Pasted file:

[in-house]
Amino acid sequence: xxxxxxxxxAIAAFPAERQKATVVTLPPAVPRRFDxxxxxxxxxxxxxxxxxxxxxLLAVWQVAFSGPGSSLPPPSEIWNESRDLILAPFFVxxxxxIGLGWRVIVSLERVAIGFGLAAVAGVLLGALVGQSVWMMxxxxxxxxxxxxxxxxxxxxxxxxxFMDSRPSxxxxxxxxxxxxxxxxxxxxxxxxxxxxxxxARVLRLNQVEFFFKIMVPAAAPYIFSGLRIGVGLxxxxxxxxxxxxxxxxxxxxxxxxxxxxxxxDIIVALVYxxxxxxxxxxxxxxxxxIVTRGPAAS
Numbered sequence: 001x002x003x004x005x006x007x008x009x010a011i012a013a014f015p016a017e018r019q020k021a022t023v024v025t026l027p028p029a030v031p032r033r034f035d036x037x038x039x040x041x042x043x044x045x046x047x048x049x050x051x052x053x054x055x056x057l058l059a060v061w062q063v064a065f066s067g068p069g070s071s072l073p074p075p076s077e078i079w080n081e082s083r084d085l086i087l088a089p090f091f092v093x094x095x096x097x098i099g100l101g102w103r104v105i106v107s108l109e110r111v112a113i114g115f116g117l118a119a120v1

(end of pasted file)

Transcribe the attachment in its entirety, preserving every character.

[in-house]
Amino acid sequence: xxxxxxxxxAIAAFPAERQKATVVTLPPAVPRRFDxxxxxxxxxxxxxxxxxxxxxLLAVWQVAFSGPGSSLPPPSEIWNESRDLILAPFFVxxxxxIGLGWRVIVSLERVAIGFGLAAVAGVLLGALVGQSVWMMxxxxxxxxxxxxxxxxxxxxxxxxxFMDSRPSxxxxxxxxxxxxxxxxxxxxxxxxxxxxxxxARVLRLNQVEFFFKIMVPAAAPYIFSGLRIGVGLxxxxxxxxxxxxxxxxxxxxxxxxxxxxxxxDIIVALVYxxxxxxxxxxxxxxxxxIVTRGPAAS
Numbered sequence: 001x002x003x004x005x006x007x008x009x010a011i012a013a014f015p016a017e018r019q020k021a022t023v024v025t026l027p028p029a030v031p032r033r034f035d036x037x038x039x040x041x042x043x044x045x046x047x048x049x050x051x052x053x054x055x056x057l058l059a060v061w062q063v064a065f066s067g068p069g070s071s072l073p074p075p076s077e078i079w080n081e082s083r084d085l086i087l088a089p090f091f092v093x094x095x096x097x098i099g100l101g102w103r104v105i106v107s108l109e110r111v112a113i114g115f116g117l118a119a120v1